A post at The Washington Post’s Volokh Conspiracy reinforces a point we made yesterday about the 9th Circuit’s ruling against California’s attempt to criminalize the internet for registered offenders: Rulings like this one will protect the free anonymous speech of the next group targeted by politicians’ fear-mongering.
Here’s an excerpt from the post:
Convicted sex offenders are probably one of a very small number of groups that are even more despised than the Jehovah’s Witnesses were in the Thirties and Forties, and they have consequently been singled out for very harsh treatment in the law. Fighting back, they’re helping to make some good First Amendment precedent, and when the government starts cracking down on other speech by other speakers, or attempting to restrict our ability to use anonymizing tools in our Internet communications – as it will – we’ll be grateful to them for having done so.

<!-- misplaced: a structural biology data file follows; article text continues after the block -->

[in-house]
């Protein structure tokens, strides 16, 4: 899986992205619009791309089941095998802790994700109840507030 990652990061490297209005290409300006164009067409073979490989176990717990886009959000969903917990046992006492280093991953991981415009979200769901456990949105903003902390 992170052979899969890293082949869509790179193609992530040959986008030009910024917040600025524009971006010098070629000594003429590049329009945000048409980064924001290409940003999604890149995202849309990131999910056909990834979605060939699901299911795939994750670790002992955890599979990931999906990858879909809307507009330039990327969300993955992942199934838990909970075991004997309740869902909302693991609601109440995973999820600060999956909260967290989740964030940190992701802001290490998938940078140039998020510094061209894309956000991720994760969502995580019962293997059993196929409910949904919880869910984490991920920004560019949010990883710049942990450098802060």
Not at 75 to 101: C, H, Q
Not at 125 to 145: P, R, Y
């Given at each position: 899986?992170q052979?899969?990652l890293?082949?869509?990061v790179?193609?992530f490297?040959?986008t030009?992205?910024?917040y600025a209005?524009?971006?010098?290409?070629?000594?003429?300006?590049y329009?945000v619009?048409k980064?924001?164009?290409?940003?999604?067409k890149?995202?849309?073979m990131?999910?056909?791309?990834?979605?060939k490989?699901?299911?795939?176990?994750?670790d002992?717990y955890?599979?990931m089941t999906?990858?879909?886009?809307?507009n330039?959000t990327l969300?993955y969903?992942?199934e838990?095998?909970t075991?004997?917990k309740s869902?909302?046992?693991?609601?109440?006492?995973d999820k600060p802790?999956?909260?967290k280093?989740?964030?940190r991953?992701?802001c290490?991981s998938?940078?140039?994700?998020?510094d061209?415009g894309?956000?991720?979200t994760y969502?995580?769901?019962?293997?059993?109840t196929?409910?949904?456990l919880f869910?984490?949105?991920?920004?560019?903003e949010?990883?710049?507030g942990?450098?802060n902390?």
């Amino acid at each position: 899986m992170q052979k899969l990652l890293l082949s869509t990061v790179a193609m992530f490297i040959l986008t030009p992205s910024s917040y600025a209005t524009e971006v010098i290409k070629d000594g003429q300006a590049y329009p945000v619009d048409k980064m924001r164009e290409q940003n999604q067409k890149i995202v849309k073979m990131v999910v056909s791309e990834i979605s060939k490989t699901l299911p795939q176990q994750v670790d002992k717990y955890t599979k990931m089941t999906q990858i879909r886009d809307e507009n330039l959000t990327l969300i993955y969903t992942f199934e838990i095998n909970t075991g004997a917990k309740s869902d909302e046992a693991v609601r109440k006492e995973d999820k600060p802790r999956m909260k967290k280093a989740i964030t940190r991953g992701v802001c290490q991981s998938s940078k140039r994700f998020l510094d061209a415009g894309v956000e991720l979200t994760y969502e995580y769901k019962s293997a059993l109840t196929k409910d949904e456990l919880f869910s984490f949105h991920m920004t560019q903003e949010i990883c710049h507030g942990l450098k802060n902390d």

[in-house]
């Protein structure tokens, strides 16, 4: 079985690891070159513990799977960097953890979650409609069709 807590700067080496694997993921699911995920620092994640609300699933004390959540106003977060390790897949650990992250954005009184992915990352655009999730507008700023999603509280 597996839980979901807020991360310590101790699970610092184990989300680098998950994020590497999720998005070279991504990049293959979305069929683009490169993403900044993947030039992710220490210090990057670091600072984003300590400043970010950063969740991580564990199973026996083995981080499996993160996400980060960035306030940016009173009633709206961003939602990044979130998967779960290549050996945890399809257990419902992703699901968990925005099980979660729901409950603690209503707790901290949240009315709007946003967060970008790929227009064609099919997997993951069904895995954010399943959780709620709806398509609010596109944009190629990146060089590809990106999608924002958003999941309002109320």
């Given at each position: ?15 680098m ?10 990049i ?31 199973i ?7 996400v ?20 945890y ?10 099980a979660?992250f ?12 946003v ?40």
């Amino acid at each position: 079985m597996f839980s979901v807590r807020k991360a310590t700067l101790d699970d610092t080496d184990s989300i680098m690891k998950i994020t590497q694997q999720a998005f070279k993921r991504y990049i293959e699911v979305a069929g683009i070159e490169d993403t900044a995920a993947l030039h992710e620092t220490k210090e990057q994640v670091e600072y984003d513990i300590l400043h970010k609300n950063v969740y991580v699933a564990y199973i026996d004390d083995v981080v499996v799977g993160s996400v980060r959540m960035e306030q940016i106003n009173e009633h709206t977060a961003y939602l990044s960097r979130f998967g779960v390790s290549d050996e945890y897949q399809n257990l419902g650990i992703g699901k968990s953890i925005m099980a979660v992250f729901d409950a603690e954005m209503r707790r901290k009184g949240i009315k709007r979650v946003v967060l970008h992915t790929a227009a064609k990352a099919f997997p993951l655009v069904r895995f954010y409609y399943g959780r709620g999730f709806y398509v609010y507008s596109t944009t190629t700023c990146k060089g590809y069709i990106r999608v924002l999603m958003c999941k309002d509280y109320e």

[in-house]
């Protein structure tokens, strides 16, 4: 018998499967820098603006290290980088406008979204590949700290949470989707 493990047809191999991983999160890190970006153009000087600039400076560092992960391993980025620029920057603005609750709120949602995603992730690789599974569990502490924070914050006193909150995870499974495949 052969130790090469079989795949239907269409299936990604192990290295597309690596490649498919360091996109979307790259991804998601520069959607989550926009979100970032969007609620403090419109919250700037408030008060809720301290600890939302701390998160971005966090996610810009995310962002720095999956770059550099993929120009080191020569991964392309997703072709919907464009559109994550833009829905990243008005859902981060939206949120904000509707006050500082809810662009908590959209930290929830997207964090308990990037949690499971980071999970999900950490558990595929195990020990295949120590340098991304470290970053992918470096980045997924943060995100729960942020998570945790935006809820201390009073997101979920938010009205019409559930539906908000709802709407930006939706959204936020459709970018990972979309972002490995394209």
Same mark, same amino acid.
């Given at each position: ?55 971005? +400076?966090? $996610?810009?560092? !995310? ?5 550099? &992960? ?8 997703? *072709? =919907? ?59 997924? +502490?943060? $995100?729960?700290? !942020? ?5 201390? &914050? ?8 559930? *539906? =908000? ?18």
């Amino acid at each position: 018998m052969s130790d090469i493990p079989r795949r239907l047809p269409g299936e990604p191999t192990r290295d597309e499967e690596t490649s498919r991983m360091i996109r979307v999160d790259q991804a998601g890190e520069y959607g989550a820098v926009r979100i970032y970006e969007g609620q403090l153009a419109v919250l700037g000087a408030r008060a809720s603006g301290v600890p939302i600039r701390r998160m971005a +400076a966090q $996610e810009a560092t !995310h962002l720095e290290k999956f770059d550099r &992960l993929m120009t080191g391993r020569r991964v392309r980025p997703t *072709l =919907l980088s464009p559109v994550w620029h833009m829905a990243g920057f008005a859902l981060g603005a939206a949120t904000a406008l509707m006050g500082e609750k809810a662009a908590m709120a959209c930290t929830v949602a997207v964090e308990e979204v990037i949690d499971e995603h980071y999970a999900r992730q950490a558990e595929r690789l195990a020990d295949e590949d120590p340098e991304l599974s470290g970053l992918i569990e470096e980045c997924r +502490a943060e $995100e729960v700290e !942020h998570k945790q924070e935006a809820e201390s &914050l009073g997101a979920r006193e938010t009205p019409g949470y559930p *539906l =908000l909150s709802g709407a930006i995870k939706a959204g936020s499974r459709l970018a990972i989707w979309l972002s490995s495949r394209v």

The Volokh Conspiracy: Sex Offenders on the Front Lines Protecting 1st Amendment
The Minneapolis Star-Tribune, meanwhile, reports on an expert panel that rips that state’s program of long-term confinement of registered citizens. A lawsuit challenging the medieval program, which amounts to a life sentence, is set to begin in federal court in St. Paul next month.
Here’s an excerpt from the Star-Tribune story:
A team of court-appointed authorities on sexual behavior, including experts from Florida, New York and Wisconsin, conducted what is considered the most comprehensive review yet into the inner workings of the Minnesota Sex Offender Program (MSOP). Their 108-page report paints a bleak picture of a program that creates unnecessary obstacles to treatment, sets unrealistic expectations for patient behavior, and leaves both patients and staff beset with feelings of futility.